Thursday, October 11, 2007

Is This Arnold Toynbee's Relative?

Arnold Toynbee's Study of History is one of my all time favorite reads, with deep erudition and arcane insightful views of cultures abounding in his overall thesis. Here is an interesting query to Camille Paglia:
I was interested to see you claim in your Salon column to be a supporter of multiculturalism and was wondering if you could say more about what you mean by "multiculturalism."

Personally, I feel that what most liberal multiculturalists mean by "multiculturalism" is really monoculturalism. For example, Japan is an extremely sexist society. I doubt any self-described multiculturalists would want sexist cultures included in their list of acceptable cultures. The same goes for female genital mutilation practiced in Africa or forcing women to wear the burqa in the Middle East.

So-called multiculturalism is really a Western upper-middle-class liberal monoculturalism. It mostly amounts to urban hipsters and yuppies desiring many choices of restaurants. Furthermore, what is the relationship between multiculturalists and the multiple cultures they purport to love? Clearly a multiculturalist purports to like all of the multiple cultures that make up the diversity they demand to be celebrated, whether they be Muslim, Japanese, Chinese, Somali, African-American, etc. Oddly enough, however, none of these cultures are themselves multicultural. Japan, for example, is fiercely protective of its culture, as are most other cultures in the world.

So do multiculturalists advocate we all adopt multiculturalism as our ethic? If so, multiculturalism advocates changing the cultures they purport to respect.

My suspicion is that liberal multiculturalists really want everyone else to remain monocultural, while they aristocratically float above them all and reserve the multicultural perspective and arrogant, elitist moral and aesthetic superiority and sense of freedom for themselves. Michael Toynbe

Camille responds, and not as you expect:
This is a delightful skewering of p.c. pretensions! Multiculturalism has become politicized in Great Britain and to a lesser extent Canada. But I can speak only from my own experience: Multiculturalism is an academic shibboleth to which many give lip service but which few honestly try to follow. Like "diversity," multiculturalism became a convenient rubric for the turf wars of identity politics, which began nearly four decades ago with women's studies and African-American studies and which generated one seceding fiefdom after another.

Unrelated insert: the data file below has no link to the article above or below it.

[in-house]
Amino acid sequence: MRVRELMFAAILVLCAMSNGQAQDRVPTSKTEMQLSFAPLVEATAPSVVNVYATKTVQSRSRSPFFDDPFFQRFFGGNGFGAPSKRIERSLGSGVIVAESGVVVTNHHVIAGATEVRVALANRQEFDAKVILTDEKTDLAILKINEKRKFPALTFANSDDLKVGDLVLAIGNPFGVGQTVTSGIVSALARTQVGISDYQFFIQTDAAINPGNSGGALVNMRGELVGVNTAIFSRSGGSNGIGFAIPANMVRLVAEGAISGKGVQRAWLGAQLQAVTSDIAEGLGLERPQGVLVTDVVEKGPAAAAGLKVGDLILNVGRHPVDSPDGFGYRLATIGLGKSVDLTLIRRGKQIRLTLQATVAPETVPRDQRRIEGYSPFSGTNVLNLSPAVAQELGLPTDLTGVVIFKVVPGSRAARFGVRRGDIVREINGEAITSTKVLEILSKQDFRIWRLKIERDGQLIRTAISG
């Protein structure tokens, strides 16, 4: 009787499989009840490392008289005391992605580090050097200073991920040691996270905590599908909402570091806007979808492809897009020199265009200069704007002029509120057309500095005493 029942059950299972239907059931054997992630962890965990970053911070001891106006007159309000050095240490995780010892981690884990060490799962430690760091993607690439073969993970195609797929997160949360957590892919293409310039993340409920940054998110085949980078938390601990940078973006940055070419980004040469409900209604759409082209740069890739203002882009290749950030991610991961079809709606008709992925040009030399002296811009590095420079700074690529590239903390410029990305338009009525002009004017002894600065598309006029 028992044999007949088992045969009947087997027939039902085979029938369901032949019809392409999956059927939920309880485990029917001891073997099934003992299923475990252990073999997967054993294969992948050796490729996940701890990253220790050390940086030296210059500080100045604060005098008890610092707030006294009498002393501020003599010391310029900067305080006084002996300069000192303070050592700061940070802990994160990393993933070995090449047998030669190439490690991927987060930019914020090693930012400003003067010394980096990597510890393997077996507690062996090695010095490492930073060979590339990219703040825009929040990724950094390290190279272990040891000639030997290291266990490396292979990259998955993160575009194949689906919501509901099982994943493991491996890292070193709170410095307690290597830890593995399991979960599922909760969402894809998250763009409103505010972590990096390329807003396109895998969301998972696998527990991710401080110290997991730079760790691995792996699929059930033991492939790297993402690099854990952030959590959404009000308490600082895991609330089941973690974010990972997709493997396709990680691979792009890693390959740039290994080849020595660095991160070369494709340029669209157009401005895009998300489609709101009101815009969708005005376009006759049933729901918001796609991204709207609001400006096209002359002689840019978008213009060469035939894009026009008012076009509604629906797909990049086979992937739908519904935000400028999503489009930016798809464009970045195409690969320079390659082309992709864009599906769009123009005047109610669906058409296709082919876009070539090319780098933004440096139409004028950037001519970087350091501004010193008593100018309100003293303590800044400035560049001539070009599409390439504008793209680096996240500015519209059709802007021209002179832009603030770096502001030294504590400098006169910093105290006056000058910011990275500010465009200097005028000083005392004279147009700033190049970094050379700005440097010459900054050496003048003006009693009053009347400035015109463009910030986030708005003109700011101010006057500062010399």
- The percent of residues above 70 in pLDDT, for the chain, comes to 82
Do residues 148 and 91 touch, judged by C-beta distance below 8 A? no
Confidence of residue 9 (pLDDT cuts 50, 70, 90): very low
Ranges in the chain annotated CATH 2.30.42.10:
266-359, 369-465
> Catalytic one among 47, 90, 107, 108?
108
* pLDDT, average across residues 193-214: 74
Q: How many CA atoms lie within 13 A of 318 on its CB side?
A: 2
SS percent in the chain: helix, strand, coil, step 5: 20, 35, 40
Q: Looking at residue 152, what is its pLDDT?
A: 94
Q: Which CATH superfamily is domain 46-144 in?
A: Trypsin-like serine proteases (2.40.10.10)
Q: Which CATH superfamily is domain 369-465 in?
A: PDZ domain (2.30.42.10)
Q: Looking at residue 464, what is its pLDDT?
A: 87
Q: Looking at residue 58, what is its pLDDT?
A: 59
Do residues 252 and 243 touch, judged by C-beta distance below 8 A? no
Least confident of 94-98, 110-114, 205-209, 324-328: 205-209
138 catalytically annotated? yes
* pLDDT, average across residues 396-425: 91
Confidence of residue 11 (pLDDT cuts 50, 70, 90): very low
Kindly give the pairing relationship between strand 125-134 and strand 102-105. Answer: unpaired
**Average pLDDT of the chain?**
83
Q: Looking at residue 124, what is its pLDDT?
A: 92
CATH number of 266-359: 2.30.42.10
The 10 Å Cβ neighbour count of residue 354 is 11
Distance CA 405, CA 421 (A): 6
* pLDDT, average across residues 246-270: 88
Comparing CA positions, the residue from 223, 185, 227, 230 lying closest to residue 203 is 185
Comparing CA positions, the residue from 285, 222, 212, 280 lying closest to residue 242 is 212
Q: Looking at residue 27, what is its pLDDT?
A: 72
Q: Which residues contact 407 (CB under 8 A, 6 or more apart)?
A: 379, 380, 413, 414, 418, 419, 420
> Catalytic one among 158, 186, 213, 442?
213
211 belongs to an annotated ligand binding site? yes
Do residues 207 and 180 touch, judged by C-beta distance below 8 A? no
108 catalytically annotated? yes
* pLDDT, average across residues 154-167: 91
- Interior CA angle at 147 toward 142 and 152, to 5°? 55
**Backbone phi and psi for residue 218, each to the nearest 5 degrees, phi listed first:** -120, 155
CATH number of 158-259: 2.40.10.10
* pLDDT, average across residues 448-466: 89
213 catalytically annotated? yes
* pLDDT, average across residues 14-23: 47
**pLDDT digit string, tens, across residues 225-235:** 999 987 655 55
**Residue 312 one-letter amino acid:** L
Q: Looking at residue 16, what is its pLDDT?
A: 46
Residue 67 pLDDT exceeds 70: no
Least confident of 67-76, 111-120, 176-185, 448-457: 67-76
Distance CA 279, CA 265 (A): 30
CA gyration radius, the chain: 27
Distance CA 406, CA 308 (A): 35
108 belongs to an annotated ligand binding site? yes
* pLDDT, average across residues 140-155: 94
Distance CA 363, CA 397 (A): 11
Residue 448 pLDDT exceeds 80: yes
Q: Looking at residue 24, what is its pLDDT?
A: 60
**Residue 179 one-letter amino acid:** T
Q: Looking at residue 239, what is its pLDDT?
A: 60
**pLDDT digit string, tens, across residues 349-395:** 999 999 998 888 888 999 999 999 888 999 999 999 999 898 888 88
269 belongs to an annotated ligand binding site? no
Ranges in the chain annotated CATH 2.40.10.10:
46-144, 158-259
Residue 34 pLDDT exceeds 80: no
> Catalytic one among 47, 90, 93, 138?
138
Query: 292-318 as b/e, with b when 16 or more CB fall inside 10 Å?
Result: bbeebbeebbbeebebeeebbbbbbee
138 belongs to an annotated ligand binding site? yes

Lots of sound and fury, signifying nothing! But there's more!
All these new subjects were important and worthy ones, but whether universities should have accommodated them by splintering the curriculum into fiercely autonomous mini-majors is a completely different matter. I myself felt, from my college years in the mid-1960s on, that American higher education urgently needed a cosmopolitan broadening of perspective -- a dissolution of existing departments (such as English) into a few overlapping interdisciplinary fields. Identity politics worsened the provincialism, as suggested by the paucity of significant culture critics to emerge from the generation of academics now in their late 30s and 40s.

Multiculturalism for me means the imperative for students and professors alike to learn about the art, literature, history and religion of every major civilization. We cannot understand our own culture fully until we juxtapose it with that of others. The gifts, limitations and repressions of each society come into focus through comparative analysis. For example, I want Judeo-Christianity, Buddhism, Hinduism and Islam taught in every school.

My portrait of Western culture in "Sexual Personae," however, was not value free. I argued that the grand achievements of the West are inextricable from its restless egomania and its perverse phobias. I accepted the worst things said about the West but connected them to the birth of brilliant, world-changing ideas -- individualism, democracy, civil liberties and feminism, among others.

Too many multiculturalists subscribe to a glib anti-Americanism and constantly sneer at the very European tradition that invented and shaped their mental tools. It's wearisome and amateurish and has seriously degraded scholarly standards in the U.S.

Arnold Toynbee and Christopher Dawson and Reinhold Niebuhr and Martin Buber and even Michael Toynbe could not have put it more succinctly into a nutshell.

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